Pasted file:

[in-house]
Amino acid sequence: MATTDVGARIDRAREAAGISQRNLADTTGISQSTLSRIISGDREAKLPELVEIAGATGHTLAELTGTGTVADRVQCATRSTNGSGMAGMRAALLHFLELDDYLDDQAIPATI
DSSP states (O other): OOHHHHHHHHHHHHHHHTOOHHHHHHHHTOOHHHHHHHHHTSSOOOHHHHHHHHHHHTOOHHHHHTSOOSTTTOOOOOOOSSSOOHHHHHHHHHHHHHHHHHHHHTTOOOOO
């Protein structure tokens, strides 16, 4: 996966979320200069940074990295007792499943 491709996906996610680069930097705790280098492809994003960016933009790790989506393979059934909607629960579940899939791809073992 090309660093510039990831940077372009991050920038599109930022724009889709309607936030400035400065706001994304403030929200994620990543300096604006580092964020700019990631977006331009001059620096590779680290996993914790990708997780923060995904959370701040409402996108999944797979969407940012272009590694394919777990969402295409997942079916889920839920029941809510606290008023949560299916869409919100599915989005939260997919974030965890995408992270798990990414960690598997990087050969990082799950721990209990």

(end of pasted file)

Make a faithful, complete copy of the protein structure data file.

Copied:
[in-house]
Amino acid sequence: MATTDVGARIDRAREAAGISQRNLADTTGISQSTLSRIISGDREAKLPELVEIAGATGHTLAELTGTGTVADRVQCATRSTNGSGMAGMRAALLHFLELDDYLDDQAIPATI
DSSP states (O other): OOHHHHHHHHHHHHHHHTOOHHHHHHHHTOOHHHHHHHHHTSSOOOHHHHHHHHHHHTOOHHHHHTSOOSTTTOOOOOOOSSSOOHHHHHHHHHHHHHHHHHHHHTTOOOOO
């Protein structure tokens, strides 16, 4: 996966979320200069940074990295007792499943 491709996906996610680069930097705790280098492809994003960016933009790790989506393979059934909607629960579940899939791809073992 090309660093510039990831940077372009991050920038599109930022724009889709309607936030400035400065706001994304403030929200994620990543300096604006580092964020700019990631977006331009001059620096590779680290996993914790990708997780923060995904959370701040409402996108999944797979969407940012272009590694394919777990969402295409997942079916889920839920029941809510606290008023949560299916869409919100599915989005939260997919974030965890995408992270798990990414960690598997990087050969990082799950721990209990």